This week’s All-Star Break marks the unofficial end of the first half of the baseball season, and the Red Sox are exactly where they want to be: first in the AL East, best record in the American League. Boston’s vaunted offense ranks first in the majors in batting average, runs, on-base and slugging. Boston’s pitching is holding opposing teams to a .239 average, fifth-lowest. And the defense ranks ranks second in the AL in errors and third in fielding percentage.
This Red Sox squad finds way to win without ever being 100 percent healthy. The thought of a healthy squad strikes terror in opposing pitchers and teams.
Here are five other thoughts from the first 90 games:
1) Adrian Gonzalez has come as advertised. Say what you will about Theo Epstein’s inability to gauge major-league talent, but he hit the nail on the head with Gonzalez, tied for tops in the majors with a .354 average. He leads the league with 128 hits, 29 doubles and 77 RBIs. He also ranks first in total bases (213) and extra-base hits (48). His .591 slugging and 1.006 OPS rank him second in the AL. Gonzalez has perfect mechanics and a gorgeous swing, and it’s worked out rather well for him. As Epstein thought, Fenway has been a godsend for Gonzalez, who is batting .382 with 21 extra-base hits at home. He also plays near-perfect defense.
2) Odd-numbered years continue to work for Josh Beckett. As has been the case for Josh Beckett’s entire career in Boston, Beckett has bounced back from a terrible 2010 with a fantastic 2011, to the tune of an 8-3 record, a 2.27 ERA, and a .187 opposing batting average. Just as important if not more so has been Beckett’s health. Four Red Sox starters have gone on the DL this season, but Beckett hasn’t. He leads all active Red Sox pitchers with 17 starts – 12 quality starts – and 111.0 innings. Jon Lester’s challenge for Beckett’s job as staff ace has lit a competitive fire in Beckett, and the Red Sox have benefited from the competition. The Red Sox will need both Beckett and Lester (and Clay Buchholz) to win in the playoffs, but Beckett has single-handedly made sure that no Red Sox losing streak lasts too long.
3) Red Sox need a right-handed outfielder. All three of Boston’s starting outfielders – Carl Crawford, Jacoby Ellsbury and J.D. Drew – are lefties, as is backup/recent starter Josh Reddick. Ellsbury hasn’t had a problem with lefty pitchers, getting on base at a .328 clip. Crawford (.207 OBP) and Drew (.209 BA), however, have. The Red Sox need a right-handed option in the outfield, and Darnell McDonald, with his .143 batting average, no power and almost 5-1 strikeout-walk ratio, isn’t it. So who might they go after? I’m liking Milwaukee’s Corey Hart, a right-fielder who can also play left and center. He’s a .270 hitter this season who’s good against lefties (.294 career average) and has some power (23 extra-base hits, including 10 homers). With Hart on the books for $4.8 million this season, the Red Sox wouldn’t have to pay much more than $2 million to rent him through October. The Brewers are looking to deal, and the Red Sox have the prospects to get him. If not Hart, Boston might try for San Francisco’s Cody Hart, a cheap corner outfielder who’s hitting .314 against lefties this season.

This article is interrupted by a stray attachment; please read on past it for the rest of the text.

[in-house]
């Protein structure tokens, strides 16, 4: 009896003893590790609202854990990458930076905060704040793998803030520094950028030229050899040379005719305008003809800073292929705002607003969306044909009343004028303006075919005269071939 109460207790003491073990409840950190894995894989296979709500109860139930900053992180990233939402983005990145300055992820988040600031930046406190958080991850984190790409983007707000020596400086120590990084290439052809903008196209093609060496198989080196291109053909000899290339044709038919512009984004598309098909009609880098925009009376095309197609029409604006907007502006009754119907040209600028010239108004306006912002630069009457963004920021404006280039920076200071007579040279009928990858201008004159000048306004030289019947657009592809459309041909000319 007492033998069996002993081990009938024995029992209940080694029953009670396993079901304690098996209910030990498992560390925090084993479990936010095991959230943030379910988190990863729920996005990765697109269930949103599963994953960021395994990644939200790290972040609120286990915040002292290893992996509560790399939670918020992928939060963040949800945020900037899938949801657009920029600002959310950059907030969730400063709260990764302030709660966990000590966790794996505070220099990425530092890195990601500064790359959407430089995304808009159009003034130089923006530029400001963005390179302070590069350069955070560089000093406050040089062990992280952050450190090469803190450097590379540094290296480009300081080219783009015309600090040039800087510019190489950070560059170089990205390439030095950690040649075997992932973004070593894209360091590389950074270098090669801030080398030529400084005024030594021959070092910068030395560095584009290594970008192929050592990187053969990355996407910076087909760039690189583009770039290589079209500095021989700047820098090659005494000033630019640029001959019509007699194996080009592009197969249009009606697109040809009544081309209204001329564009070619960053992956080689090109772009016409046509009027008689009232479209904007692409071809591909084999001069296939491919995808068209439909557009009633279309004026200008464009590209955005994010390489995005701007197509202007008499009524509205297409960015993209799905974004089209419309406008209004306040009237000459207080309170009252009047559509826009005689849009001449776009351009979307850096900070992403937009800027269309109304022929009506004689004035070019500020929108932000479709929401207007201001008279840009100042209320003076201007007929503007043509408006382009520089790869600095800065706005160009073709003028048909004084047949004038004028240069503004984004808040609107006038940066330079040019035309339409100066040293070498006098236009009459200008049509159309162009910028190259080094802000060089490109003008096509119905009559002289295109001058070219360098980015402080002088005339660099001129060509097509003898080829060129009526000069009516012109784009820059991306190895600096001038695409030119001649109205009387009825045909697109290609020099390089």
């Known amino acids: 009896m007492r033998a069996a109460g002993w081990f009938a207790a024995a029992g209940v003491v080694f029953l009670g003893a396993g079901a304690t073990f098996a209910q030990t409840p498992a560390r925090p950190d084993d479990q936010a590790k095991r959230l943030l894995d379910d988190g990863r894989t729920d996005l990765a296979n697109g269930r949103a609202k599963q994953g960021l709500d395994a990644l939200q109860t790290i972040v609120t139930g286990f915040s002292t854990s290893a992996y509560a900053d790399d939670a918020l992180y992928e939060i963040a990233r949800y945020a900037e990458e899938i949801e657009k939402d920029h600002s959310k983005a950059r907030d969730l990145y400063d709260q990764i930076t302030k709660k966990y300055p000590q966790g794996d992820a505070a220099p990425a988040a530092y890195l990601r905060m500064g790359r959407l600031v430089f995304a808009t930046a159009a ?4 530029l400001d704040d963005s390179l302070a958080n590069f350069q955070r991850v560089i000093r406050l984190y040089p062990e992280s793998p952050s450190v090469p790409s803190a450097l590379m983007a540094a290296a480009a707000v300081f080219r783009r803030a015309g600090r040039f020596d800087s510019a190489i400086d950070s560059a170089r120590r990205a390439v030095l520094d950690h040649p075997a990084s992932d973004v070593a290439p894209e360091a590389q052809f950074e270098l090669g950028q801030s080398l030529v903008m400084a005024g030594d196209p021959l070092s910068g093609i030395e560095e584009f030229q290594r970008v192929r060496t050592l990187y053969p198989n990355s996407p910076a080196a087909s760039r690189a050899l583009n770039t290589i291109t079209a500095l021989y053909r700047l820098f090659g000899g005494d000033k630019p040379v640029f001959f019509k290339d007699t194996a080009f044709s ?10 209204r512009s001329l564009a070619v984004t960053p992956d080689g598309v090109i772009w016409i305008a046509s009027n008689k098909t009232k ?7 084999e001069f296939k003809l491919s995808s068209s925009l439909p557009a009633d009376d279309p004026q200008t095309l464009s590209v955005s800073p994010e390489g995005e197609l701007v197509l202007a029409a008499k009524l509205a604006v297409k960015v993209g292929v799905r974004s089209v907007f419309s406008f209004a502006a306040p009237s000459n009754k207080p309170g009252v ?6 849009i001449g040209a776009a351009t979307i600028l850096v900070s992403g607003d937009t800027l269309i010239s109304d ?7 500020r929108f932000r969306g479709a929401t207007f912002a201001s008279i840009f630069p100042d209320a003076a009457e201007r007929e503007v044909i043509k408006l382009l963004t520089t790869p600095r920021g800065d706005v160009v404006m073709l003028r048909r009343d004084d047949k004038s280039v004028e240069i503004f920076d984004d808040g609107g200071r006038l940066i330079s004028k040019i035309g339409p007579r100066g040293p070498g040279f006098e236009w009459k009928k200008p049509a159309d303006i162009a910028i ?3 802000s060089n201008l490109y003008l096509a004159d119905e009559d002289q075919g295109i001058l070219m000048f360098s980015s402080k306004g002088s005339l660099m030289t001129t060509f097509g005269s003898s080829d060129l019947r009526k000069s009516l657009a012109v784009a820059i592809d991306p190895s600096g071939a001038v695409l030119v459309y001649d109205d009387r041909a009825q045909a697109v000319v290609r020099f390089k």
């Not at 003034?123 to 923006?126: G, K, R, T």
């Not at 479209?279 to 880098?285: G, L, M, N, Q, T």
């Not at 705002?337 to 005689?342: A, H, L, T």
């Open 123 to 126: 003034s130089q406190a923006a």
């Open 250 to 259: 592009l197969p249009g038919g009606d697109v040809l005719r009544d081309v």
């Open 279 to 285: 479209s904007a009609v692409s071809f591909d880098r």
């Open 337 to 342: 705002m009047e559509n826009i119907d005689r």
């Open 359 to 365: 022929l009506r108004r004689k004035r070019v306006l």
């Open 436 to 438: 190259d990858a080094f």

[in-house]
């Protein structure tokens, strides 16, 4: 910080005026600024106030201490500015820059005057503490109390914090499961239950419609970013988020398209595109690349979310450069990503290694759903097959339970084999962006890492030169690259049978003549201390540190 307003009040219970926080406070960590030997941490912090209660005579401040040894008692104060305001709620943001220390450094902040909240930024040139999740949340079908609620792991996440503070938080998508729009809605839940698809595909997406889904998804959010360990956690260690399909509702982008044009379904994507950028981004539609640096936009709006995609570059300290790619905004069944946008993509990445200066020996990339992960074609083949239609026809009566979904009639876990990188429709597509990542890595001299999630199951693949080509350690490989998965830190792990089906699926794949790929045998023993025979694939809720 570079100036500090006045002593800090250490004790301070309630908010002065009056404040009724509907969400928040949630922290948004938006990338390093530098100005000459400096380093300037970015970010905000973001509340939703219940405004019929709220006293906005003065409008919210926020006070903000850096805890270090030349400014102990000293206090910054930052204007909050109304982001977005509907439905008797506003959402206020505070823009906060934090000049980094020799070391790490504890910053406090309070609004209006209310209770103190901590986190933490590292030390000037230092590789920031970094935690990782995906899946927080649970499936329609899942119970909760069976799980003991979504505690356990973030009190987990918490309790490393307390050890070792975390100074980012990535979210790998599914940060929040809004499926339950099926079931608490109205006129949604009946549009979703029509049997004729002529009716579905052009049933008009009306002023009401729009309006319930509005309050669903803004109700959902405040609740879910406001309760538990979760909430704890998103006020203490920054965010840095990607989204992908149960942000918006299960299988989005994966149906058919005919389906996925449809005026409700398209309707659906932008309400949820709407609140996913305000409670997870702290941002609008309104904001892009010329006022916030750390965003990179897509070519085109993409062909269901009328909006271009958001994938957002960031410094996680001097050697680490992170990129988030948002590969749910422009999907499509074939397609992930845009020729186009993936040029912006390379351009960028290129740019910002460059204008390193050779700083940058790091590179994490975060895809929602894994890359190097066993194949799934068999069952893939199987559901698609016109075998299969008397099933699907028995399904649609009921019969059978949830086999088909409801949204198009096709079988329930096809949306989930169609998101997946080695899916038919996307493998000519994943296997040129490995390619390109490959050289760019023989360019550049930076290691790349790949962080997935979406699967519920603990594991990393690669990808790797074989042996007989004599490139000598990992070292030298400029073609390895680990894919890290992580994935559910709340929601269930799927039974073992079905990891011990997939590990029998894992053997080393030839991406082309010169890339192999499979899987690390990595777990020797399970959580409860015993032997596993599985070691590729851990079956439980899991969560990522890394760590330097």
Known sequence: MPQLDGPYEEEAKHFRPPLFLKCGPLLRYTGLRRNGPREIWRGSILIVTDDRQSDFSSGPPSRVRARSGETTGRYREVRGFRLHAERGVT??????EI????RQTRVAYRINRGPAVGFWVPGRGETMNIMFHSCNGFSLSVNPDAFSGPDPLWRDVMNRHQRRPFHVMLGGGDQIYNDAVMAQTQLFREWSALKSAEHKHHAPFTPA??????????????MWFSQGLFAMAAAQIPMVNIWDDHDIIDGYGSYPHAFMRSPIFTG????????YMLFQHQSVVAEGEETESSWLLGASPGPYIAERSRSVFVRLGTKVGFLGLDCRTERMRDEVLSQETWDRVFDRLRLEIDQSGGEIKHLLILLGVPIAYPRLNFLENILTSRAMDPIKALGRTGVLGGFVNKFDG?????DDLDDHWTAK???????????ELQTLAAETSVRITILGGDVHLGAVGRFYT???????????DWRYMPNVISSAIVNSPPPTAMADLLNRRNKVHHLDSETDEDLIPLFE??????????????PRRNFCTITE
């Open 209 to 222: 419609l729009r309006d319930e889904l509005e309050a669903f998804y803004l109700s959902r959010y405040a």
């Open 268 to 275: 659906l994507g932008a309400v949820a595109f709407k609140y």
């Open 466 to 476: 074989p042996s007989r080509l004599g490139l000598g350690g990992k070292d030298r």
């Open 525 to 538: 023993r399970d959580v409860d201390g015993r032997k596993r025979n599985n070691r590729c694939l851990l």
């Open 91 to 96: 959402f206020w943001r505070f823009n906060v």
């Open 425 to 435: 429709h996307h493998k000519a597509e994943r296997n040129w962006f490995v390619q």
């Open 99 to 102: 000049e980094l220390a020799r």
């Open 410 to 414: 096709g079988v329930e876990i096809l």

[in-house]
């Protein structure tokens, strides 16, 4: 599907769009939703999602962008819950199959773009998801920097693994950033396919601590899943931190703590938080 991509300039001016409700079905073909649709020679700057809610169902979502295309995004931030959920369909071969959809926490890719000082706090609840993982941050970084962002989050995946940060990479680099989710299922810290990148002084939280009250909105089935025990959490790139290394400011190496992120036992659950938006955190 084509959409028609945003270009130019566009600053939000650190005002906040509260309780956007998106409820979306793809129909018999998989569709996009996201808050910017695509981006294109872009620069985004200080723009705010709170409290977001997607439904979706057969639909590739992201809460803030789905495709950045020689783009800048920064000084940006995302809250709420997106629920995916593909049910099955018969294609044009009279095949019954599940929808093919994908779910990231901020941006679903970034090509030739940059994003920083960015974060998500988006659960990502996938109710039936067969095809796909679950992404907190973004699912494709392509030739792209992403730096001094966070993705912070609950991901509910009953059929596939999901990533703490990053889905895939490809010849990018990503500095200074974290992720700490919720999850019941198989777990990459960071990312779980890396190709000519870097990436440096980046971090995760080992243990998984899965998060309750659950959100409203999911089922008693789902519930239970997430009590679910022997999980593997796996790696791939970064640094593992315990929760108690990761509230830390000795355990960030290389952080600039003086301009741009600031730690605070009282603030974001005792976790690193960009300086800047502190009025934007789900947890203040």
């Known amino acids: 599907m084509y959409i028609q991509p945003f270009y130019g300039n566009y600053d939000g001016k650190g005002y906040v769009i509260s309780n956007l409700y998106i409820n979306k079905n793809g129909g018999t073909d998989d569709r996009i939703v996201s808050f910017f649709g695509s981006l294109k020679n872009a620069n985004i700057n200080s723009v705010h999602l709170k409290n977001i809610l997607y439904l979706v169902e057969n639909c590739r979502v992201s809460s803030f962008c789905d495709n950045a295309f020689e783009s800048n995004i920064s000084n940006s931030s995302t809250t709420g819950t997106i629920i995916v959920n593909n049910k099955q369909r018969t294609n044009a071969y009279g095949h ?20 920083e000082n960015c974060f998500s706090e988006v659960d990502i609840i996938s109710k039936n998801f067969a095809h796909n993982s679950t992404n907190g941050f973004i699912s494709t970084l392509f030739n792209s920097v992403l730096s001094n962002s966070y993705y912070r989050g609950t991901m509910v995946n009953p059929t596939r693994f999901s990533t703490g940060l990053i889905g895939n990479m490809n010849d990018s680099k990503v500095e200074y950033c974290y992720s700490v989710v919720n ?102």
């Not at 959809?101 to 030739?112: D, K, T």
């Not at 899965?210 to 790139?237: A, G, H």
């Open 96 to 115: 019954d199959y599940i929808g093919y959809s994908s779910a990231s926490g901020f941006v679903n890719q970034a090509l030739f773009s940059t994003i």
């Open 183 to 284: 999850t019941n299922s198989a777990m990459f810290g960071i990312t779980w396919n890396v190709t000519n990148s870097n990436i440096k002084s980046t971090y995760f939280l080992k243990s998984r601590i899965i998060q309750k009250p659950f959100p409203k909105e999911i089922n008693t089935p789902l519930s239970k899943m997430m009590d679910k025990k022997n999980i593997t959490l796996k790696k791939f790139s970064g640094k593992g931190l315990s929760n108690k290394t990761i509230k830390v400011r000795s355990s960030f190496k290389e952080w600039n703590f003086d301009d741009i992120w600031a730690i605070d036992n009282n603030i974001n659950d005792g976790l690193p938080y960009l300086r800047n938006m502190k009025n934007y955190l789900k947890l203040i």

4) Bottom third of the lineup still looks vulnerable: The Red Sox are fine 1-6 in the lineup, but their 7-9 hitters? Not so much. Drew, Jarrod Saltalamacchia/Jason Varitek (doesn’t matter), and Marco Scutaro have batted a combined .245, with 54 extra-base hits between them. They have struck out a combined 155 times. The Red Sox lineup will get stronger after the return of Crawford and Jed Lowrie, provided they return to their pre-injury hot streaks, and so far Saltalamacchia has been the slightly better offensive catcher (.437 vs. 435 slugging). Lester’s injury should mean less games for Varitek, who needs to catch Beckett and Lester but no one else. The lineup has the potential to lengthen over the next few weeks, but until it does, Boston’s power hitters will need to continue to rake, because after Reddick the team’s scoring chances shrink considerably.
5) Bullpen finds a way to work, it just isn’t always pretty. Boston’s bullpen ranks eighth in the AL with a .239 opposing batting average, and ninth with a 3.64 ERA. They’ve thrown 259.1 innings, fourth-most in the AL. Of the 14 AL relievers with double-digit saves this season, Jonathan Papelbon ranks 10th with a 3.93 ERA. The bullpen isn’t exactly “dominant,” and yet it works. Boston’s relievers have blown only seven saves, tied for third-fewest in the AL, and have held opposing hitters to .372 slugging, fourth-lowest. Daniel Bard has been an absolute rock, now on a scoreless streak of 19.1 innings that stretches across 18 appearances since giving up a run on May 23 against the Indians (his last blown save and loss). Bard leads the AL with 21 holds, and his .164 BAA ranks fourth among relievers with 20+ innings. Add in Matt Albers‘ 2.55 ERA (on pace to be a career-best), .221 BAA and ability to pitch multiple innings, and you have a bullpen that pieces together wins despite injuries, poor signings (Bobby Jenks and to a lesser extent Dan Wheeler) and an at-times frustrating closer.